1. Wormeries are a great alternative for small spaces
If your space is limited and you only produce low quantities of waste material, think about starting a wormery.
just need to keep a good balance of veg material and ripped up
cardboard. Worms don’t like lots of onions, citrus or chillies though.
You’ll get great worm compost and the nutritious “tea” and some pets to
look after, they will increase in number if all is well. (Carl Legge)
2. You can put more on your compost than you’d think
Cardboard egg boxes, coffee grounds, leftover ash from log fires, human and pet hair, toilet roll tubes and even bedding from hamsters, gerbils and other pets are all fine additions to your compost heap. Moss is good in small measures, as are egg shells, even though they take a while to break down – “the worms will
eventually eat them” according to Garden Organic. Stay away from barbecue briquette ash, though, as this contains nasty chemicals. The jury is still out on cat and dog poo.
3. Use bokashi bins to compost smelly food waste
Fish, bones, even curry … You can put a huge array of food stuffs into a bokashi bin – just make sure to add bokashi bran regularly so it doesn’t cause a stink, and then leave it to ferment.
Once it’s ready you then
transfer it to your existing compost bin and hey presto, you can put
food waste in your regular compost. It even helps to speed up the
composting process. (Jonathan Adler)
If that wasn’t enough, the bokashi process gives a
liquid by-product which can be put in your drains undiluted to help keep
them clean, or you can dilute it and use it to feed your plants.
4. Leave slugs to do their thing
Slugs are an important part of the composting process – they eat through your organic remains and help it become compost. And the other advantage is that if the slugs are in your compost bin, they’re not on your plants.
5. Don’t overload your compost with leaves
If you’ve heaps of leaves a full-size or mini single-use builder bag
does a good job. Fill it with moist/wet leaves, then lash the handles
together and forget for 12-18 months. You get to use every scrap of leaf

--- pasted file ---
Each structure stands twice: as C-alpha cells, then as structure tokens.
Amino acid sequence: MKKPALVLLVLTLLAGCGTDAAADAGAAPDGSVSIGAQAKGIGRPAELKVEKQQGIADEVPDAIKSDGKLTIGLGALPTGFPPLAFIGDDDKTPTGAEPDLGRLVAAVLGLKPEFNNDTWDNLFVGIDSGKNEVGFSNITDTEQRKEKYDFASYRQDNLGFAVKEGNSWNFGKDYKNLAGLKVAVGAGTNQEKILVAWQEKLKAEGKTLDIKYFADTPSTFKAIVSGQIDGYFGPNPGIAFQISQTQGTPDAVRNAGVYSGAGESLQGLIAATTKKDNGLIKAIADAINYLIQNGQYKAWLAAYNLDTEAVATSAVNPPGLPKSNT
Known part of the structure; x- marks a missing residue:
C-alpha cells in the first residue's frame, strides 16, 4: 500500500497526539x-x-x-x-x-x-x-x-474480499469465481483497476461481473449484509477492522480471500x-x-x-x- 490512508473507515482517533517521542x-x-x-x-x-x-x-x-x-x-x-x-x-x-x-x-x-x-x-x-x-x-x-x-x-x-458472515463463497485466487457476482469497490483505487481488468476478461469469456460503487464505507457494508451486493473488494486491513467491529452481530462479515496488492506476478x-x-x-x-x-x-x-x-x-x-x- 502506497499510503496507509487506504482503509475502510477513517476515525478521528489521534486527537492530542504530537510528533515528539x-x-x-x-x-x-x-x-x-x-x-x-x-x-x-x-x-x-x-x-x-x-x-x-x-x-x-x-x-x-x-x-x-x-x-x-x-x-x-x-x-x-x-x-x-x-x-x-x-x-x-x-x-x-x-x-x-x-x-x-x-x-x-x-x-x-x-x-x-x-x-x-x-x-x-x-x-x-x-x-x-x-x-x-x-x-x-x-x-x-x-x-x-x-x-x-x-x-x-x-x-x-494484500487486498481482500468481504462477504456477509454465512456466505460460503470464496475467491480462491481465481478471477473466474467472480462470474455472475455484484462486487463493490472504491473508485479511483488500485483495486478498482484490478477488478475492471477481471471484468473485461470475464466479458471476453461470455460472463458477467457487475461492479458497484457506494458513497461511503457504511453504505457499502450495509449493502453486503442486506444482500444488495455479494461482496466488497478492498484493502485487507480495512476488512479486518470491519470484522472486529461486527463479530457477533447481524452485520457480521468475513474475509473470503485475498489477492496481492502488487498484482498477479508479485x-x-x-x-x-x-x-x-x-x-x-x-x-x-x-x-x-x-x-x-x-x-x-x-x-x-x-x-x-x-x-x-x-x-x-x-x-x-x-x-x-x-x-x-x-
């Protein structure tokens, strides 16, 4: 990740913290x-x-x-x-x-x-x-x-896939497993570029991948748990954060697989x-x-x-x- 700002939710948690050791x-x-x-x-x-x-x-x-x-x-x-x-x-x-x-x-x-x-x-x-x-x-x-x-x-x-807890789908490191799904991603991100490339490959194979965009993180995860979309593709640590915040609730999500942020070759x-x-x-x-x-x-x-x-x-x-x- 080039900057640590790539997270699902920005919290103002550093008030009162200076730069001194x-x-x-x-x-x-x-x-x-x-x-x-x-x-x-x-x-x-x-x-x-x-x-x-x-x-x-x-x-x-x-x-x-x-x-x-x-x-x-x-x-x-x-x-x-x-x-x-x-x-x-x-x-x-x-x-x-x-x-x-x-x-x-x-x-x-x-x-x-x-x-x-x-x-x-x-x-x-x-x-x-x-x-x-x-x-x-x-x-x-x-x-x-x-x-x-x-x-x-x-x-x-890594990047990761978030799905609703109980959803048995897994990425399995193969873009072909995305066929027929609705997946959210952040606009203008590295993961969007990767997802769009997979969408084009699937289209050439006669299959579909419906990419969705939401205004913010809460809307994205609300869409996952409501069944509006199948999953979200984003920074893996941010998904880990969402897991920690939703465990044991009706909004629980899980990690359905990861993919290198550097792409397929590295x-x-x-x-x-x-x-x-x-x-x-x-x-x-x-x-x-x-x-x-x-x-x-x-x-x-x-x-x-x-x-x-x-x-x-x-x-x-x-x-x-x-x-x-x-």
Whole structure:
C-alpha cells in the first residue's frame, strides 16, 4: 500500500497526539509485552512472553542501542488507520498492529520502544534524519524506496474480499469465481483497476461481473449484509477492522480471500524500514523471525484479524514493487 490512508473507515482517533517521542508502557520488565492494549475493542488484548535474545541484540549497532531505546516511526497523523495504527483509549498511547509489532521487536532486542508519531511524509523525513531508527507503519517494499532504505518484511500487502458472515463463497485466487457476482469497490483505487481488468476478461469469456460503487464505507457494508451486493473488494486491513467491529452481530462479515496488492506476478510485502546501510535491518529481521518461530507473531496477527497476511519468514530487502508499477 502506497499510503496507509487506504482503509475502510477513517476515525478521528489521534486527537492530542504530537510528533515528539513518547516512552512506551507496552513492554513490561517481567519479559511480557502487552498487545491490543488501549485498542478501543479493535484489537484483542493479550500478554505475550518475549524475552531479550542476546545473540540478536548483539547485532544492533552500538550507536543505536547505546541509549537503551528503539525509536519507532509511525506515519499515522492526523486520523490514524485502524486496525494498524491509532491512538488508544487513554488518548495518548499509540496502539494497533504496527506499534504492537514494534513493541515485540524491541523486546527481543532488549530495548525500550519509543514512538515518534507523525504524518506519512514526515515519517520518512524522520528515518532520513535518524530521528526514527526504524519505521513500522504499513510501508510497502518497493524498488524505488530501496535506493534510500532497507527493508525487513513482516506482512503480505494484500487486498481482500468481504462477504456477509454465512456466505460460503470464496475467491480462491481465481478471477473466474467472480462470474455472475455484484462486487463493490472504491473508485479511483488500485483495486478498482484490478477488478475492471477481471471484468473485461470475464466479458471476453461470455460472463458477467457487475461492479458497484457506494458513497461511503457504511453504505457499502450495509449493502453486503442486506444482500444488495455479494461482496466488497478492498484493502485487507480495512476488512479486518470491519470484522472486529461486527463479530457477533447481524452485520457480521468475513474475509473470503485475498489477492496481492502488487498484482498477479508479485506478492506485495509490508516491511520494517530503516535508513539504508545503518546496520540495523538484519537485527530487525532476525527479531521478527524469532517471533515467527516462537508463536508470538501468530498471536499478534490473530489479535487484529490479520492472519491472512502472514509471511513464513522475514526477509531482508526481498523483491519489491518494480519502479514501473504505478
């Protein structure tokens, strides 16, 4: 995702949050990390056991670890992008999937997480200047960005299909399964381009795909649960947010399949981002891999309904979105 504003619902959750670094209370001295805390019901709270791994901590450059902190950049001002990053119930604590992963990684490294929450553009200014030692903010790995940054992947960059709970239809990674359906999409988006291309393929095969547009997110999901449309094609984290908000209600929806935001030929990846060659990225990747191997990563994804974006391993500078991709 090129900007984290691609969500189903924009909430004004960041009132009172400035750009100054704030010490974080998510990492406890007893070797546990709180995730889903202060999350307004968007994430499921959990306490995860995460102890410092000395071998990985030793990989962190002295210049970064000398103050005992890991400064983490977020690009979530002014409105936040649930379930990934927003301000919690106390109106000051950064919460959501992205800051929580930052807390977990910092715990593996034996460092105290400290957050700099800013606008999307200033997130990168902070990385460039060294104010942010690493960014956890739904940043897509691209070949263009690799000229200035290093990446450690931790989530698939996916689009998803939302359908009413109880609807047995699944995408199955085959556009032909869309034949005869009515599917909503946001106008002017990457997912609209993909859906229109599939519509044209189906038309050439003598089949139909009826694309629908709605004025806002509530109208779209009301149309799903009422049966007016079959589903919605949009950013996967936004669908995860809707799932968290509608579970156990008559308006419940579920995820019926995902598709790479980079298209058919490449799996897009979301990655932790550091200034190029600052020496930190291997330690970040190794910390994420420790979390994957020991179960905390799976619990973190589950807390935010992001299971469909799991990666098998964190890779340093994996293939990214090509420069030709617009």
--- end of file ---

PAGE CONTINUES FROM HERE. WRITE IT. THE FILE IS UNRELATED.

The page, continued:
mould this way. (John Walker)
6. Getting the right ratio is key, and a bit of an experiment
Most of the panel agreed that a 50:50 ratio between green and brown ingredients is about right (although Carl Legge argued for a ratio of two parts green to one part brown).
Green ingredients include vegetable and fruit trimmings, banana skins,
tea leaves/bags, coffee grounds, chopped nettles/comfrey, and lawn mowings. Brown ingredients include scrunched paper, ripped/wet cardboard, egg boxes, chopped plant stems, straw, and hay.
As a general rule, if you grab a handful of compost and moisture squeezes out, the heap is too
wet. If your handful feels dry and sounds crackly, your compost is too dry. Add more green ingredients to dry compost, and more brown ingredients to wet compost.
7. It’s OK to be a bit lazy
Our panel was fairly unanimous in thinking that positioning is one of the key factors to a successful compost heap.
If you hide your compost far away in a damp, dank, dark area, you are
less likely to use it and attend to it. Well managed compost
arrangements are less likely to attract vermin because you are often
there doing things and moving the compost. (Carl Legge)
Instead, position your kit where it’s easy for you to get to and use, come rain or
shine. Or, if you’re feeling particularly productive, you can build a compost bin out of old loose bricks, heap it full of material and let it rot down into
compost. Later, just take the bricks away, mark out the edge of the bed, and work the compost into the soil. Easy peasy!
8. There’s a lot more to discuss!
We had a fantastic range of questions submitted, and unfortunately we couldn’t answer them all. We’ll be exploring those discussions and questions for future debates and commissions.
What other things would you like to chat about?